Every Valley

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Every Valley
A mostly charcoal grey, lightly blue painting of coal mountains backdropped against a overcast sky. The words "Public Service Broadcasting" and "Every Valley" are written in bold black font on the top left and top right corners of the image, respectively. It is titled "Viaduct', and was painted by Hannah Benkwitz.
Studio album by Public Service Broadcasting
Released 7 July 2017 (2017-07-07)
Recorded January – February 2017
Studio Leeders Vale Studios
and Ebbw Vale Institute
(Ebbw Vale, Wales)
Genre Art-Rock
Length 44:58
Label PIAS Recordings
Producer J. Willgoose, Esq.
Public Service Broadcasting chronology
The Race for Space
(2015)
Every Valley
(2017)

Every Valley is a studio album by British art rock band Public Service Broadcasting. The group's third original album, it is a concept album which focuses on a topic of modern history, much like the band's previous work. The album's story depicts the history of the mining industry in Wales, more specifically chronicling the rise and decline of the country's coal industry. The band's lead songwriter, J Willgoose, Esq., described the album's premise as an allegory for today's "abandoned and neglected communities across the western world", which have led to a "malignant, cynical and calculating brand of politics."

Every Valley was recorded in situ in the former steelworks town of Ebbw Vale, in South Wales. The band made use of a defunct hall formerly used as a convention space by the town's local workers' institute for the album's recording. It also features guest appearances by Welsh musicians James Dean Bradfield and Lisa Jên Brown, Scottish singer Tracyanne Campbell (of Camera Obscura) and English band Haiku Salut, as well as the Beaufort Male Choir. The album was released by PIAS Recordings on 7 July 2017.

Composition and themes[edit]

A 1951 view of Elliots Colliery, located in Rhymney Valley, one of many 20th century coal mines in the South Wales Coalfield.

Every Valley has been described as "a story of industrial decline", by the band's lead writer J. Willgoose Esq. in a post on social media blog site Tumblr.[1] The album begins in the "golden age" of the mining industry in Wales, and documents the industry's progress, decline, and its aftermath, with the nationwide miners' strike playing a crucial role in the album's story.[1][2] While Willgoose and his family has no involvement in Wales' mining industry, he cited "the romanticism of the valleys and their geography", and his interest in the country's history with mining, as inspirations for the creation of Every Valley.[2] Contemporary political themes were also a driver for the album's development, with Willgoose stating that the decline of the Welsh mining industry was "a story reflected in abandoned and neglected communities across the western world, and one which has led to the resurgence of a particularly malignant, cynical and calculating brand of politics."[2]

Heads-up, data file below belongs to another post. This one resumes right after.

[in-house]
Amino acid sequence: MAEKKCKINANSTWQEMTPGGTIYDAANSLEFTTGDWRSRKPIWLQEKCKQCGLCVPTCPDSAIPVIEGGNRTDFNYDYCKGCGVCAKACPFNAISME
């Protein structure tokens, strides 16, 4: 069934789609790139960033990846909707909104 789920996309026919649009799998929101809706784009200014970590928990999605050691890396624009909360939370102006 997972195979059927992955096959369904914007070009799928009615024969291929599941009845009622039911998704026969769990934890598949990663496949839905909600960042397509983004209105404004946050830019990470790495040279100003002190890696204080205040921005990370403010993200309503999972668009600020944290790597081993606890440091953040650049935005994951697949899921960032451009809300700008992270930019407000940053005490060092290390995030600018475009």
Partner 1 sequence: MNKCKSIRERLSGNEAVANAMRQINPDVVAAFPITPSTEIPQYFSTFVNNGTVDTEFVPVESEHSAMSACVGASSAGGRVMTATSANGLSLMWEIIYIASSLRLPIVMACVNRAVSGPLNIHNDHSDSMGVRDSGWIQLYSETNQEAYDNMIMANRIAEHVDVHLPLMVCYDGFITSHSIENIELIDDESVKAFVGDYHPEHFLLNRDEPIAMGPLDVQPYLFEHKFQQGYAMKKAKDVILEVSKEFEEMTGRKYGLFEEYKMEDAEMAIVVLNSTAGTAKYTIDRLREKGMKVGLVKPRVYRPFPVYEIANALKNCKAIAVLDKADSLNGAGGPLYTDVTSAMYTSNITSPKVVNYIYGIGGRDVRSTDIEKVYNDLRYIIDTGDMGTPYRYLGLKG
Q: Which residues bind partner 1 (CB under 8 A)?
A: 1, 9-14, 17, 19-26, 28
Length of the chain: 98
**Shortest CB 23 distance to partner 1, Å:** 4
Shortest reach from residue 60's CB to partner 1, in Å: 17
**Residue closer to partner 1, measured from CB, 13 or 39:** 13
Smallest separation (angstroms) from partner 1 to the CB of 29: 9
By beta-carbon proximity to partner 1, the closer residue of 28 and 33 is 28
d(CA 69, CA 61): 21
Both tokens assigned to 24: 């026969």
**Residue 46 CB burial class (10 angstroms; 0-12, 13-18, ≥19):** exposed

"Progress", the fourth track on Every Valley, was inspired by the sound of Kraftwerk, with its bass line and use of a vocoder drawing parallels to the tropes of the German electronic group.[3] The song, which appeared on a single prior to the release of the album, was intended by Willgoose as a message that "progress will win in the end", using samples of 1950s documentaries on the progress of technology in the mining industry, and a chorus stating "I believe in progress".[4] Willgoose also affirmed that the song continued the band's motto of "celebrating human achievements, innovation and resilience, even in the face of overwhelming odds", combating his fear that people thought of his band as purely nostalgia-based. He also affirmed that "Progress" is "an attempt to state that more explicitly, especially at a time when certain regressive elements seem determined to take us back to some non-existent, halcyon 1950s era."[4]

Recording[edit]

View of the defunct steelworks factory near Ebbw Vale, where the band recorded Every Valley.

Immersing themselves in the album's theme, the band traveled to Ebbw Vale, Wales, a former steelworks town, where they recorded Every Valley in the lecture hall of a defunct workers' institute. J. Willgoose Esq. wrote of the idea to record in Ebbw Vale, "it seemed important to record in the valleys, as I wanted this album to feel connected to the area it was written about in ways our previous albums hadn’t been. I wanted the album to have a rich, earthy, full sound, and to carry some of the lilt and lyricism of the language itself."[1] To assist and inform the record's production, the band conducted interviews with local townspeople in Ebbw Vale about their histories with the mining industry in the region, of which some were recorded and appear on the album itself.[3]

Four featured artists appear on Every Valley, including two of Willgoose's idols – James Dean Bradfield, known for his role as the frontman of Welsh alternative rock band Manic Street Preachers, and Tracyanne Campbell, the lead singer and guitarist for Scottish indie pop band Camera Obscura. They appear on "Turn No More" and "Progress" respectively.[3] The album also features Welsh actress and singer Lisa Jen Brown, of Welsh language folk band 9 Bach, on "You + Me", and the English post rock band Haiku Salut on "They Gave Me a Lamp".[3] Every Valley marks the first Public Service Broadcasting record to contain vocals by its frontman, J. Willgoose Esq..